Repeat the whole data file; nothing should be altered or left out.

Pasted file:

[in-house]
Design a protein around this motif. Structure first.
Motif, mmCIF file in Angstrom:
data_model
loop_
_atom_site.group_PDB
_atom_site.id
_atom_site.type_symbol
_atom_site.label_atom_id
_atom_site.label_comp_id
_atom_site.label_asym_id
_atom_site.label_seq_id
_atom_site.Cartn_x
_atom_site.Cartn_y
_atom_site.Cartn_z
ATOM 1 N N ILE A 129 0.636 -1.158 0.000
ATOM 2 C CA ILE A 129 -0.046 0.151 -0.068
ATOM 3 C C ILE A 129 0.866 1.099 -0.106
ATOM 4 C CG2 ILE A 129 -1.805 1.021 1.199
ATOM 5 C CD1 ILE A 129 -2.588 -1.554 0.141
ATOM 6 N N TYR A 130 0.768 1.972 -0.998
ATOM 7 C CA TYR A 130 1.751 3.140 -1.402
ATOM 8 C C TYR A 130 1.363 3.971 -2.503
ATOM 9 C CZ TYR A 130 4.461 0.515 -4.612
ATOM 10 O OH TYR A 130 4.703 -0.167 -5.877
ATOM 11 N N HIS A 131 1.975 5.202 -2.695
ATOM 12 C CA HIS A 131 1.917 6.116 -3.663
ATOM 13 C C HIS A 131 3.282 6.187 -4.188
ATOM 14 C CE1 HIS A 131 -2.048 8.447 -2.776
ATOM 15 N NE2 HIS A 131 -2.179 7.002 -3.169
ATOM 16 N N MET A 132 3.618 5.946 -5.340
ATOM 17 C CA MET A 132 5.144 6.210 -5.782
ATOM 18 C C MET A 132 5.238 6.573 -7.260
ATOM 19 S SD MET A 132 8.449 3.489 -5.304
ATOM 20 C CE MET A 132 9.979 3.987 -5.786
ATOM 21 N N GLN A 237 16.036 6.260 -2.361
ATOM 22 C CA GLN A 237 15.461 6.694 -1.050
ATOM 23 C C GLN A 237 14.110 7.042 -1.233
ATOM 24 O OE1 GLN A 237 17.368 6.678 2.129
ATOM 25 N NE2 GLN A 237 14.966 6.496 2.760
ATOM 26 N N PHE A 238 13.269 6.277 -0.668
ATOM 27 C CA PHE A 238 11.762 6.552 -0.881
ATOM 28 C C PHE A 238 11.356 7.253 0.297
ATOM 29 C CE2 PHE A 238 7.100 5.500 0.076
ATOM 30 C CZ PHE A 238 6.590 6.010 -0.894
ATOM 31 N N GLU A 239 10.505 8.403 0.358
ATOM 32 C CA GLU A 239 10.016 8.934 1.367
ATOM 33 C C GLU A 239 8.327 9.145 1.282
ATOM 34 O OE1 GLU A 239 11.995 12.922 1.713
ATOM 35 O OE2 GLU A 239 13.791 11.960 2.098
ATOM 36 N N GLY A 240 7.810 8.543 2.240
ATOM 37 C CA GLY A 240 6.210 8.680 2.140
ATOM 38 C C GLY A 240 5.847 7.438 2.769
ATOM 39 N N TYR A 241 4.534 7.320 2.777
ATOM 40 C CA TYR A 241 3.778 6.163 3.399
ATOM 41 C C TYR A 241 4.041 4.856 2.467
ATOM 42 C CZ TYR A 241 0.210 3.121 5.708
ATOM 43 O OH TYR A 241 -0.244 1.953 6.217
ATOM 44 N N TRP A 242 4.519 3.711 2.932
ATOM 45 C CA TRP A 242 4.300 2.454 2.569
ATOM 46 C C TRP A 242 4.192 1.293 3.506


[in-house]
Design a protein around this motif. Structure first.
Motif, mmCIF file in Angstrom:
data_model
loop_
_atom_site.group_PDB
_atom_site.id
_atom_site.type_symbol
_atom_site.label_atom_id
_atom_site.label_comp_id
_atom_site.label_asym_id
_atom_site.label_seq_id
_atom_site.Cartn_x
_atom_site.Cartn_y
_atom_site.Cartn_z
ATOM 1 N N ILE A 129 0.636 -1.158 0.000
ATOM 2 C CA ILE A 129 -0.046 0.151 -0.068
ATOM 3 C C ILE A 129 0.866 1.099 -0.106
ATOM 4 C CG2 ILE A 129 -1.805 1.021 1.199
ATOM 5 C CD1 ILE A 129 -2.588 -1.554 0.141
ATOM 6 N N TYR A 130 0.768 1.972 -0.998
ATOM 7 C CA TYR A 130 1.751 3.140 -1.402
ATOM 8 C C TYR A 130 1.363 3.971 -2.503
ATOM 9 C CZ TYR A 130 4.461 0.515 -4.612
ATOM 10 O OH TYR A 130 4.703 -0.167 -5.877
ATOM 11 N N HIS A 131 1.975 5.202 -2.695
ATOM 12 C CA HIS A 131 1.917 6.116 -3.663
ATOM 13 C C HIS A 131 3.282 6.187 -4.188
ATOM 14 C CE1 HIS A 131 -2.048 8.447 -2.776
ATOM 15 N NE2 HIS A 131 -2.179 7.002 -3.169
ATOM 16 N N MET A 132 3.618 5.946 -5.340
ATOM 17 C CA MET A 132 5.144 6.210 -5.782
ATOM 18 C C MET A 132 5.238 6.573 -7.260
ATOM 19 S SD MET A 132 8.449 3.489 -5.304
ATOM 20 C CE MET A 132 9.979 3.987 -5.786
ATOM 21 N N GLN A 237 16.036 6.260 -2.361
ATOM 22 C CA GLN A 237 15.461 6.694 -1.050
ATOM 23 C C GLN A 237 14.110 7.042 -1.233
ATOM 24 O OE1 GLN A 237 17.368 6.678 2.129
ATOM 25 N NE2 GLN A 237 14.966 6.496 2.760
ATOM 26 N N PHE A 238 13.269 6.277 -0.668
ATOM 27 C CA PHE A 238 11.762 6.552 -0.881
ATOM 28 C C PHE A 238 11.356 7.253 0.297
ATOM 29 C CE2 PHE A 238 7.100 5.500 0.076
ATOM 30 C CZ PHE A 238 6.590 6.010 -0.894
ATOM 31 N N GLU A 239 10.505 8.403 0.358
ATOM 32 C CA GLU A 239 10.016 8.934 1.367
ATOM 33 C C GLU A 239 8.327 9.145 1.282
ATOM 34 O OE1 GLU A 239 11.995 12.922 1.713
ATOM 35 O OE2 GLU A 239 13.791 11.960 2.098
ATOM 36 N N GLY A 240 7.810 8.543 2.240
ATOM 37 C CA GLY A 240 6.210 8.680 2.140
ATOM 38 C C GLY A 240 5.847 7.438 2.769
ATOM 39 N N TYR A 241 4.534 7.320 2.777
ATOM 40 C CA TYR A 241 3.778 6.163 3.399
ATOM 41 C C TYR A 241 4.041 4.856 2.467
ATOM 42 C CZ TYR A 241 0.210 3.121 5.708
ATOM 43 O OH TYR A 241 -0.244 1.953 6.217
ATOM 44 N N TRP A 242 4.519 3.711 2.932
ATOM 45 C CA TRP A 242 4.300 2.454 2.569
ATOM 46 C C TRP A 242 4.192 1.293 3.506